Image collecting: casts and tracings from the antique in the Montagny Album

Delphine Burlot (translation Julie Leclert and Delphine Burlot)

Drawings in the Recueil d’Antiquités are for most part made by Montagny from nature.However, a third of them were copied from another reproduction, either a cast or an engraving from an antiquarian book. Montagny collected a great number of images from the antique in his album in order to better know classical iconography and use it in his future history paintings. This method reflects a practice learned in David's workshop (see manuscrit), followed by many of David's students, as shown in the portfolios left by Ingres (now in the Musée Ingres in Montauban, France).

The casts made from antiques copied by Montagny are scarce (Bassorilievo-Two Gutters in the shape of a lion's head + Bassorilievo - Victory ) and were probably on display at the Villa Medicis. Those casts are still preserved at the Villa, where some are displayed in one of the workshops situated above the Muro Torto.

The tracings were copied from ten or so antiquarian books, published between the xvith century and the first decade of the xixth century. Those books are richly illustrated and were familiar to scholars and artists of the modern period.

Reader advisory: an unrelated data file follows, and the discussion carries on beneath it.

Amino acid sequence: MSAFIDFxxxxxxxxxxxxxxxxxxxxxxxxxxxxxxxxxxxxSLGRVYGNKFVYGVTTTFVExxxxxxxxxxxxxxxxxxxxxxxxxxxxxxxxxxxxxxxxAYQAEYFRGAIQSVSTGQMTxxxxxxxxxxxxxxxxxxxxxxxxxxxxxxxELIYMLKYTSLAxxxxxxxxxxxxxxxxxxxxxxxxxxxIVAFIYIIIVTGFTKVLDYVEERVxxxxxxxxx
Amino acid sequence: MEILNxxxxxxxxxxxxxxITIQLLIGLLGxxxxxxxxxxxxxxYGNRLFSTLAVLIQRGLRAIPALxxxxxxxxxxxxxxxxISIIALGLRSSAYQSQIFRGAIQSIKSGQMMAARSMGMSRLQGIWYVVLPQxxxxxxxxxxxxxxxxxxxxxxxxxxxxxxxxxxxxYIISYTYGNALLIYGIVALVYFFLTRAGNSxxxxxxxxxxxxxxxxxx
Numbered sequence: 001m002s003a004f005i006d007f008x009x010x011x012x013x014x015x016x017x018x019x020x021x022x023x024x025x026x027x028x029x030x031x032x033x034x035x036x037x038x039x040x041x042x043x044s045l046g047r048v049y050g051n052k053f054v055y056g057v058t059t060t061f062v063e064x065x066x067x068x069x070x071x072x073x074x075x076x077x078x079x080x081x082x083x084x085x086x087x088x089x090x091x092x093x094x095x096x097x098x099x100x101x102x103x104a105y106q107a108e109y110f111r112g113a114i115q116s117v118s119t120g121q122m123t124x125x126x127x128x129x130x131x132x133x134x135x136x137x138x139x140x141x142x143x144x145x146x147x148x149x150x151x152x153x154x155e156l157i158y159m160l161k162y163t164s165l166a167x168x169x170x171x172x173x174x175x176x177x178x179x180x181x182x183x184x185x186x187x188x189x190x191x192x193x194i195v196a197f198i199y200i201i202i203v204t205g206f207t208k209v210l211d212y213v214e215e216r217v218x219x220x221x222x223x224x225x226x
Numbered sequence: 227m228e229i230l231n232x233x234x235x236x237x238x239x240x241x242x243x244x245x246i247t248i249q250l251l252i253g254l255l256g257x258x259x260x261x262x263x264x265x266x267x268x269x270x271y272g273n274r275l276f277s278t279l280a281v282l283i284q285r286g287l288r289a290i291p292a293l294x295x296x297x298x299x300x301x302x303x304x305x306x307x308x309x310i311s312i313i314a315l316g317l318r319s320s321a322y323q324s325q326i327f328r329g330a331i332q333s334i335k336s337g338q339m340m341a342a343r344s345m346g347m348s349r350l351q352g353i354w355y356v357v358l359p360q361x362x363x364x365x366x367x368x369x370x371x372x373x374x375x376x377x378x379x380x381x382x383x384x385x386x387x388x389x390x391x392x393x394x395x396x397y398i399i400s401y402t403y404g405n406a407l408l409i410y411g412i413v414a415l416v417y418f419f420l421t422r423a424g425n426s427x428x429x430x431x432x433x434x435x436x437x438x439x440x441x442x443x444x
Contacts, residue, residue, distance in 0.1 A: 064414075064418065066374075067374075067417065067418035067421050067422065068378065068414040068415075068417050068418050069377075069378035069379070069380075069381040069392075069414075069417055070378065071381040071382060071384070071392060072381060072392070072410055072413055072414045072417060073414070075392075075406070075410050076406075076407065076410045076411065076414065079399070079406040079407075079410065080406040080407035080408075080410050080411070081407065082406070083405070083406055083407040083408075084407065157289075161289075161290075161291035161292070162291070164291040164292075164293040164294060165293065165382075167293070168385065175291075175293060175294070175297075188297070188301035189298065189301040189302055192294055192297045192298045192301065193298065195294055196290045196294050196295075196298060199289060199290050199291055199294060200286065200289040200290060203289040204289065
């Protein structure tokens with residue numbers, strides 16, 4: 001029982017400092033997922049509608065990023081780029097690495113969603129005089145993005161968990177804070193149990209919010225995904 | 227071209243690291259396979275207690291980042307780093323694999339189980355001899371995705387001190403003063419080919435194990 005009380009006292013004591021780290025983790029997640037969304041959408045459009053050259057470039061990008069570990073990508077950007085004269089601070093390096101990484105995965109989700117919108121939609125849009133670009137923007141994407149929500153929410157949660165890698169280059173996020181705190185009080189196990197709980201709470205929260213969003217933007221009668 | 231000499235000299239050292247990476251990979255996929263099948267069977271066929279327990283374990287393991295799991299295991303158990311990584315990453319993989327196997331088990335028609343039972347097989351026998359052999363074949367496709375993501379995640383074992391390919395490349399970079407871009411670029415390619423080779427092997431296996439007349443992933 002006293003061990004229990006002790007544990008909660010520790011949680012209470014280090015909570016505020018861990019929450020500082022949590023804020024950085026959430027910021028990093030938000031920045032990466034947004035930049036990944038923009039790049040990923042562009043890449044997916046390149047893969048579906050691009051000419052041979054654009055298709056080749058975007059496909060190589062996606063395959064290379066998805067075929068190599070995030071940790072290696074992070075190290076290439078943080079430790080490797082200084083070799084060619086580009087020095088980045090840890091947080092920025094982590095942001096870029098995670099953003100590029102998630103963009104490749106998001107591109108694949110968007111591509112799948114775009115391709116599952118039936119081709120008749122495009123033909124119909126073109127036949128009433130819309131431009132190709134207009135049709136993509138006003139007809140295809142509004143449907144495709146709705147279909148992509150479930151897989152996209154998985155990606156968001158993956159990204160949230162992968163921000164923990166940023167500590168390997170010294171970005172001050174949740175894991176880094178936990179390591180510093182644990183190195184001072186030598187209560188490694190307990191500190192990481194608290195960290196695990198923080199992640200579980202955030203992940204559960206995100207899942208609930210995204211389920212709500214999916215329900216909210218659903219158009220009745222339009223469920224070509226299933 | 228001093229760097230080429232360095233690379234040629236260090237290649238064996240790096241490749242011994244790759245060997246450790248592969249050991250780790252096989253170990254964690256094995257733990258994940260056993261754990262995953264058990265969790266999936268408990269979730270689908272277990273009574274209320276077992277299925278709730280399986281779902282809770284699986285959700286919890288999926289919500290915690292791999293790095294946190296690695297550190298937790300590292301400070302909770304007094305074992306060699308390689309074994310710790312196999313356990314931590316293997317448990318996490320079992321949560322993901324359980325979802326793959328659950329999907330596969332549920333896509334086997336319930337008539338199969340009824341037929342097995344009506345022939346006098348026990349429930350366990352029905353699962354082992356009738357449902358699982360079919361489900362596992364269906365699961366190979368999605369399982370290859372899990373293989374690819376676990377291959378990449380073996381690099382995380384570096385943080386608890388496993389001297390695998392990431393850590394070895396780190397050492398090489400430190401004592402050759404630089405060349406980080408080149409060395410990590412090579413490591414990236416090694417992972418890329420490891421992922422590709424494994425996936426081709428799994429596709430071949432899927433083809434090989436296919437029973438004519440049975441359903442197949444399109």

Montagny seemed to have prized Bartoli’s work in particular, as he reproduced nearly fifty engravings from his book on antique lamps (Le Antiche Lucerne sepolcrali figurate, 1691) and twenty-five engravings from his book on gems from the Odescalchi collection, a large part of which belonged to the queen Christine of Sweden (Museum Odescalchum, 1751).

The way Montagny proceeds in collecting images evidences his method: when it comes to antiques lamps, he traces only the subject represented on the medallion without documenting the form of the object, which doesn't seem to interest him. He notes Bartoli's comments on the iconography of the object without any translation or modification, which explains the several annotations in Latin and in Italian on the tracings.

Montagny’s interest for iconography is even more evident in his decision to copy engravings from De la Religion des Anciens Romains, by Guillaume Du Choul (1581), which allows him to extend his image collection to roman cult objects (folio 10 verso montagny_10v04).

Also, the tracing of a large number of objects drawn by Hubert Robert for l’Abbé de Saint-Non (published in his Recueil de Griffonnis) is probably driven by the desire to collect images from famous antiques that he never saw. For instance, two bronze tripods from Pompeii (Tripod with sphinxes et Tripod with Ithyphallic satyrs) were carried away to Palermo by the king of Naples during his exile to Sicily along with the major part of the antique bronzes from his collection.

It is difficult today to identify the sources used by Montagny for his reproductions. It is very likely that, for the casts, he simply copied the publications available at the Villa Medicis Library. Indeed, Bartoli’s books were commonly found in scholarly libraries and a copy of the rare publication of Saint-Non was owned at that time by Pierre-Adrien Pâris, director of the French Academy and patron of the young painter.


List of the publication used by Montagny

Cailleux 1963.

Picard-Cajan 2006.